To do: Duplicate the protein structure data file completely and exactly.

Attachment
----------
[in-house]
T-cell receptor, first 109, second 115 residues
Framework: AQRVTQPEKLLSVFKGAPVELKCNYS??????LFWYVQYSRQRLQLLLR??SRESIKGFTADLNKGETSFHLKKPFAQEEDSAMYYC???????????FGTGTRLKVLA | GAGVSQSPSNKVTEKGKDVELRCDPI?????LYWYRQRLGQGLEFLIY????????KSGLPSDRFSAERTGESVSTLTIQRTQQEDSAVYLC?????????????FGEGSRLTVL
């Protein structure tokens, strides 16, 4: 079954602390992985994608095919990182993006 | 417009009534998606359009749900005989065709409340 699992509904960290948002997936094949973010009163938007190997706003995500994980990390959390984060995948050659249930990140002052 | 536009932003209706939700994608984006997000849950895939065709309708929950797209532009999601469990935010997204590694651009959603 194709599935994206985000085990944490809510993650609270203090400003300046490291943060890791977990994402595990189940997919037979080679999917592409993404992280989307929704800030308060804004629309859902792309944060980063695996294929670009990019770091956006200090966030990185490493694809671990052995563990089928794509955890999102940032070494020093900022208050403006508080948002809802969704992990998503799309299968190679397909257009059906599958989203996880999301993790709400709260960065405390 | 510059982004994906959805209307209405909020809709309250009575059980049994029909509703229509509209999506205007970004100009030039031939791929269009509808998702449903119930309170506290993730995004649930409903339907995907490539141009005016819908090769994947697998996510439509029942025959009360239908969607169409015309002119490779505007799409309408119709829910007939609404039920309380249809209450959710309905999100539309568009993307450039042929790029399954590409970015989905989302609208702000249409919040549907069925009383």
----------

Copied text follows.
[in-house]
T-cell receptor, first 109, second 115 residues
Framework: AQRVTQPEKLLSVFKGAPVELKCNYS??????LFWYVQYSRQRLQLLLR??SRESIKGFTADLNKGETSFHLKKPFAQEEDSAMYYC???????????FGTGTRLKVLA | GAGVSQSPSNKVTEKGKDVELRCDPI?????LYWYRQRLGQGLEFLIY????????KSGLPSDRFSAERTGESVSTLTIQRTQQEDSAVYLC?????????????FGEGSRLTVL
């Protein structure tokens, strides 16, 4: 079954602390992985994608095919990182993006 | 417009009534998606359009749900005989065709409340 699992509904960290948002997936094949973010009163938007190997706003995500994980990390959390984060995948050659249930990140002052 | 536009932003209706939700994608984006997000849950895939065709309708929950797209532009999601469990935010997204590694651009959603 194709599935994206985000085990944490809510993650609270203090400003300046490291943060890791977990994402595990189940997919037979080679999917592409993404992280989307929704800030308060804004629309859902792309944060980063695996294929670009990019770091956006200090966030990185490493694809671990052995563990089928794509955890999102940032070494020093900022208050403006508080948002809802969704992990998503799309299968190679397909257009059906599958989203996880999301993790709400709260960065405390 | 510059982004994906959805209307209405909020809709309250009575059980049994029909509703229509509209999506205007970004100009030039031939791929269009509808998702449903119930309170506290993730995004649930409903339907995907490539141009005016819908090769994947697998996510439509029942025959009360239908969607169409015309002119490779505007799409309408119709829910007939609404039920309380249809209450959710309905999100539309568009993307450039042929790029399954590409970015989905989302609208702000249409919040549907069925009383």